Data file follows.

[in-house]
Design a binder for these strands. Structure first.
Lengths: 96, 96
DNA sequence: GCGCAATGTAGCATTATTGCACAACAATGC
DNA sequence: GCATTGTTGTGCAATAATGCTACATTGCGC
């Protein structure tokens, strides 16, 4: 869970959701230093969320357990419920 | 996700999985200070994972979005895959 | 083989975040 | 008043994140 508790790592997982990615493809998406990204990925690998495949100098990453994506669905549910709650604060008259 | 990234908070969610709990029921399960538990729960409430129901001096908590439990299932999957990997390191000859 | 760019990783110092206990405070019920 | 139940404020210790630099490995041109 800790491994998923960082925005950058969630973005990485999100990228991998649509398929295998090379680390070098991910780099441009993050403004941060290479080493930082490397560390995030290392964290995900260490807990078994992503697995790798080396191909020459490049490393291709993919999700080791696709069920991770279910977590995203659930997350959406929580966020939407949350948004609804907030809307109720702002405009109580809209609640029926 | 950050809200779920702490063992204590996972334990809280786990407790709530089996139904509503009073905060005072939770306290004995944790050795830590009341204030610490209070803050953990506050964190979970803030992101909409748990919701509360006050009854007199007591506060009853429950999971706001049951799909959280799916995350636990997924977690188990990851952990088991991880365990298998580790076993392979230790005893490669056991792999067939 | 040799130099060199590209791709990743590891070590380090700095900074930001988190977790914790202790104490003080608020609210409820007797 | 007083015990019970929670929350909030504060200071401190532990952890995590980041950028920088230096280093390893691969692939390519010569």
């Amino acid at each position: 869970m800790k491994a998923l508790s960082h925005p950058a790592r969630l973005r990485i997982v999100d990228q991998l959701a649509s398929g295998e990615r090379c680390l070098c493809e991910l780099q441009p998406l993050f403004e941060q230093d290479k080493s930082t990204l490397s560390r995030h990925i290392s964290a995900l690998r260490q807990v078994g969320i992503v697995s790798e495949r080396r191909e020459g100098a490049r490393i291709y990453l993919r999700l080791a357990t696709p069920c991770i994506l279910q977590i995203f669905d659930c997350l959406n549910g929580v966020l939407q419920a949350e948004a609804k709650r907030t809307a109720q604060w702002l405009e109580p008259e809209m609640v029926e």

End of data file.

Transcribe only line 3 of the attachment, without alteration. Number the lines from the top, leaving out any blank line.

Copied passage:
Lengths: 96, 96